Wangari Maathai is certainly a commendable and tenacious woman who overcame many obstacles in Kenya to become an activist in ecology. This subsequently led to political agitation and imprisonment in attempts to make her country become more of a liberal democracy.

She could easily, during her upbringing in the 1940’s and 1950’s have remained illiterate in rural Kenya. She describes well her school attendance and her higher education in the United States. I found her stories about the relationship
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Wangari Maathai was a Kenyan environmental and political activist. She was educated in the United States at Mount St. Scholastica and the University of Pittsburgh, as well as the University of Nairobi in Kenya. In the 1970s, Maathai founded the Green Belt Movement, an environmental non-governmental organization focused on the planting of trees, environmental conservation, and women's rights. In 19 ...more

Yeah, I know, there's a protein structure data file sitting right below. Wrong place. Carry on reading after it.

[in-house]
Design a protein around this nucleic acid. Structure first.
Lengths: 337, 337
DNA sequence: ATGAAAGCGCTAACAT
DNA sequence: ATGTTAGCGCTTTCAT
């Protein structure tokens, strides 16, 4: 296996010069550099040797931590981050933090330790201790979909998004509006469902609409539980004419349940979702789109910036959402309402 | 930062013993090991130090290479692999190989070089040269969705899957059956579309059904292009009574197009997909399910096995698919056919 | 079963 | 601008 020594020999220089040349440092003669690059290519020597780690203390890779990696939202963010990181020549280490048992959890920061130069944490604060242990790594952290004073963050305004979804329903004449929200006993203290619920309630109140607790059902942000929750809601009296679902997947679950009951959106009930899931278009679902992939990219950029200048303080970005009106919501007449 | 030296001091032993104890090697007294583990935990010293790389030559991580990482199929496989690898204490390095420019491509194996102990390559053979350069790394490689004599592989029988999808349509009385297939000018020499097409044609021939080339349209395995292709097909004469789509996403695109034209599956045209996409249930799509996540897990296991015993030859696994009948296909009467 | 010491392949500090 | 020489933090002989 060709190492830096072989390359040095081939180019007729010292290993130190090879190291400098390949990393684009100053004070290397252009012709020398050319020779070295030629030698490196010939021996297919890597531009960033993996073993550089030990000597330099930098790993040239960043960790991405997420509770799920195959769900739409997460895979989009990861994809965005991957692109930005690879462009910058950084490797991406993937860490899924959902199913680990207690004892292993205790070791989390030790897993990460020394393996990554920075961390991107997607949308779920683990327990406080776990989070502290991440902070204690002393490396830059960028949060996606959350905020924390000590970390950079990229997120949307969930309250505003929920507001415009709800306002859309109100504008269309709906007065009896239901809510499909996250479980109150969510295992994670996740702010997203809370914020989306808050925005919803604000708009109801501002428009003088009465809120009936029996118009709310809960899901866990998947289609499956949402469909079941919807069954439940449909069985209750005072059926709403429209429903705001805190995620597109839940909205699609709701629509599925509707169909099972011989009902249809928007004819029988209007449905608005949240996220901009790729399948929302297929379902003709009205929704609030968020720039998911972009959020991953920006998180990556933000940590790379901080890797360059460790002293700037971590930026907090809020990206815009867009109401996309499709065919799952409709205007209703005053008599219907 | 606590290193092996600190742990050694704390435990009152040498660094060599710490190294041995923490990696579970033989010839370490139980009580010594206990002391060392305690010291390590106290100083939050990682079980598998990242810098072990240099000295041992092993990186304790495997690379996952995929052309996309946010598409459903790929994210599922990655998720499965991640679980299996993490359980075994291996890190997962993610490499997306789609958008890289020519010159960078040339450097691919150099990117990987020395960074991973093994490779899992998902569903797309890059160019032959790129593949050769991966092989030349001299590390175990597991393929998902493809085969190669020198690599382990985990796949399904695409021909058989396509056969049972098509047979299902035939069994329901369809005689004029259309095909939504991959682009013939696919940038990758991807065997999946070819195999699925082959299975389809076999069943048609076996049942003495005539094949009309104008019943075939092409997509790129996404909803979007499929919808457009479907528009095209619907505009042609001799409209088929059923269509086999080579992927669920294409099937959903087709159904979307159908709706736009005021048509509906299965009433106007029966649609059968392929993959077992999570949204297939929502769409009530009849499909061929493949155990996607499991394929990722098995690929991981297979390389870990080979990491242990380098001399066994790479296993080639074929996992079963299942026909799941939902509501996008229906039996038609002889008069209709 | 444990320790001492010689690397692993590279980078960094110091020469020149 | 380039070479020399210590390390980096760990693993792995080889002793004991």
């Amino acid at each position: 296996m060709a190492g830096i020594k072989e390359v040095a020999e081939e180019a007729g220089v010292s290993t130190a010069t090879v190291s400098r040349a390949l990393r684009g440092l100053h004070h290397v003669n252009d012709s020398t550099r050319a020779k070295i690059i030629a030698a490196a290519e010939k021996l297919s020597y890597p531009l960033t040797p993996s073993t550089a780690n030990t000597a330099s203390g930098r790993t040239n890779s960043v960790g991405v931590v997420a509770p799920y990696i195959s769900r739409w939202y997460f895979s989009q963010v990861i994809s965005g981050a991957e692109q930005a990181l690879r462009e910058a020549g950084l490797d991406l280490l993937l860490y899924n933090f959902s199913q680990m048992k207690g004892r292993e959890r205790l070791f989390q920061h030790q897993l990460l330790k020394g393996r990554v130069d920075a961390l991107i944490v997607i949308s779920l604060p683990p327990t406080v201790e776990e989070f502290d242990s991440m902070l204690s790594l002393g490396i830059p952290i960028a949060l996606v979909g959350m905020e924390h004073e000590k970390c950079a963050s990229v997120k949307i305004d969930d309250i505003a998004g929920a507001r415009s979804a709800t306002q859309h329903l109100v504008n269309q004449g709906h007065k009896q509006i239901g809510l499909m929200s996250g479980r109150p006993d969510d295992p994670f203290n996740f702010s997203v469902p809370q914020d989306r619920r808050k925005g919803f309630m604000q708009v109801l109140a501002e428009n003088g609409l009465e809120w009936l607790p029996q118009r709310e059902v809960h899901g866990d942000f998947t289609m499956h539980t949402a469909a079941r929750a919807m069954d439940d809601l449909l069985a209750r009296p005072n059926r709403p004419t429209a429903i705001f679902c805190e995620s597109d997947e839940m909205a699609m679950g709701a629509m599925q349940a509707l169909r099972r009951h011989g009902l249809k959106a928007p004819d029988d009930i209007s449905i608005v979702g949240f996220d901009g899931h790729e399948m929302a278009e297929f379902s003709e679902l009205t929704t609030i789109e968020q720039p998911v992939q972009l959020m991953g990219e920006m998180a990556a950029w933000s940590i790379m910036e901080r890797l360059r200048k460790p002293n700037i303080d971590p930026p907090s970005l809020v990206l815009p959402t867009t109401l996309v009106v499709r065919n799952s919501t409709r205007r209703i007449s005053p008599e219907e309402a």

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“There are opportunities even in the most difficult moments.” 28 likes
“Education, if it means anything, should not take people away from the land, but instill in them even more respect for it, because educated people are in a position to understand what is being lost. The future of the planet concerns all of us, and all of us should do what we can to protect it. As I told the foresters, and the women, you don't need a diploma to plant a tree.” 27 likes